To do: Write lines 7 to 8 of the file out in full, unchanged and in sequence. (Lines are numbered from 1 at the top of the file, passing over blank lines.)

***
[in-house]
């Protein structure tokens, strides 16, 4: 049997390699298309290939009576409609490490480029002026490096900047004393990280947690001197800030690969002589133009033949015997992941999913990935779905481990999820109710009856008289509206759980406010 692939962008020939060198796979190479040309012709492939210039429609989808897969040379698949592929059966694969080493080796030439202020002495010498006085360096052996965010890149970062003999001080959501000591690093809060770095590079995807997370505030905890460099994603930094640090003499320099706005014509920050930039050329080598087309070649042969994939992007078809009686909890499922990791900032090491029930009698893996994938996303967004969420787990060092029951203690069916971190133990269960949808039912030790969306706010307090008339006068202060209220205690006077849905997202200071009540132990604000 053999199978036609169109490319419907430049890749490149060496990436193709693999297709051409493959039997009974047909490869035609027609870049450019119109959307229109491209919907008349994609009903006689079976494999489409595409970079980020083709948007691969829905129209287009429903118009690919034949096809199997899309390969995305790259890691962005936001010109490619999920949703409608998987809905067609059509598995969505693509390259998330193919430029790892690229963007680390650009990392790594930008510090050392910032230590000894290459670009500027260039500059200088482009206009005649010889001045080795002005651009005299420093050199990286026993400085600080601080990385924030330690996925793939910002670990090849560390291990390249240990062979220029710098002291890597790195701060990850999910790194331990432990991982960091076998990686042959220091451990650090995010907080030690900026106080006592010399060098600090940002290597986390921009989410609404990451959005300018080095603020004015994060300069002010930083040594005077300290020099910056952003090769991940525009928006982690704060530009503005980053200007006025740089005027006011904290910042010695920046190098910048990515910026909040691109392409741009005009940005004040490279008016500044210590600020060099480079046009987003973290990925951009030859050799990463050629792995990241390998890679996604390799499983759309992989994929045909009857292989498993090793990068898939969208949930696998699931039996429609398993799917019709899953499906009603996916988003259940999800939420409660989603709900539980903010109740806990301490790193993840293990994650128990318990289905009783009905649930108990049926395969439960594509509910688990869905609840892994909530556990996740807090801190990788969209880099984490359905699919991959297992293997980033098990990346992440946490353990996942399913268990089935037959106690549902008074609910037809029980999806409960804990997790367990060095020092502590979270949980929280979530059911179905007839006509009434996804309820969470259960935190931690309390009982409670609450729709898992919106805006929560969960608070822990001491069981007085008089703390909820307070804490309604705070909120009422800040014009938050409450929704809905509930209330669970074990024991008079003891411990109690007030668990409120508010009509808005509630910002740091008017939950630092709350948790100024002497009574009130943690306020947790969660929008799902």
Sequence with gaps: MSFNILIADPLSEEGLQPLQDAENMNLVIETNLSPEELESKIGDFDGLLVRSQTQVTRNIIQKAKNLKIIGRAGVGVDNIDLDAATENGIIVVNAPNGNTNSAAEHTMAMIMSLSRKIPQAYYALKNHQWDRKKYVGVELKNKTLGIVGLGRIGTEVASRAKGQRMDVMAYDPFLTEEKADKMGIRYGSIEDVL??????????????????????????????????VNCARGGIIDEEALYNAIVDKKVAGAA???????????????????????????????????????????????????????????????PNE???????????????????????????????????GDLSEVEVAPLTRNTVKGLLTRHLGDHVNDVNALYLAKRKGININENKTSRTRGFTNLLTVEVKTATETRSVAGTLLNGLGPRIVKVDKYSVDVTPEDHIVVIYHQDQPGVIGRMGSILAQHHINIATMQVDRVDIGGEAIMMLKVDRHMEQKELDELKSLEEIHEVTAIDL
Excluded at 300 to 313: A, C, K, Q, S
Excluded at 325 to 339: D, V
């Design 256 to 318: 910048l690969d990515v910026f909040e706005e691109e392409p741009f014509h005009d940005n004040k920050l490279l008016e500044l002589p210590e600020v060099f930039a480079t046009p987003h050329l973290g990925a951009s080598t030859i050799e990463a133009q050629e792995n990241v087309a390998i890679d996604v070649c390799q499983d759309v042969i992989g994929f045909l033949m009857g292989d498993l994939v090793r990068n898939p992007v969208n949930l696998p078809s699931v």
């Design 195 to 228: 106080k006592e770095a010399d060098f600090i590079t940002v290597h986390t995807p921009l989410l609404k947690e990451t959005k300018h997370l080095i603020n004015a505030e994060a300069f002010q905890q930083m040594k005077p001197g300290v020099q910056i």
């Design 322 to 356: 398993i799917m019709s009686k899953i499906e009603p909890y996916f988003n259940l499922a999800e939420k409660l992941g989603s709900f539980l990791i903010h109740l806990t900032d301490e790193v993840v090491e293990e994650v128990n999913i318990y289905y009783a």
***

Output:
């Design 195 to 228: 106080k006592e770095a010399d060098f600090i590079t940002v290597h986390t995807p921009l989410l609404k947690e990451t959005k300018h997370l080095i603020n004015a505030e994060a300069f002010q905890q930083m040594k005077p001197g300290v020099q910056i």
């Design 322 to 356: 398993i799917m019709s009686k899953i499906e009603p909890y996916f988003n259940l499922a999800e939420k409660l992941g989603s709900f539980l990791i903010h109740l806990t900032d301490e790193v993840v090491e293990e994650v128990n999913i318990y289905y009783a």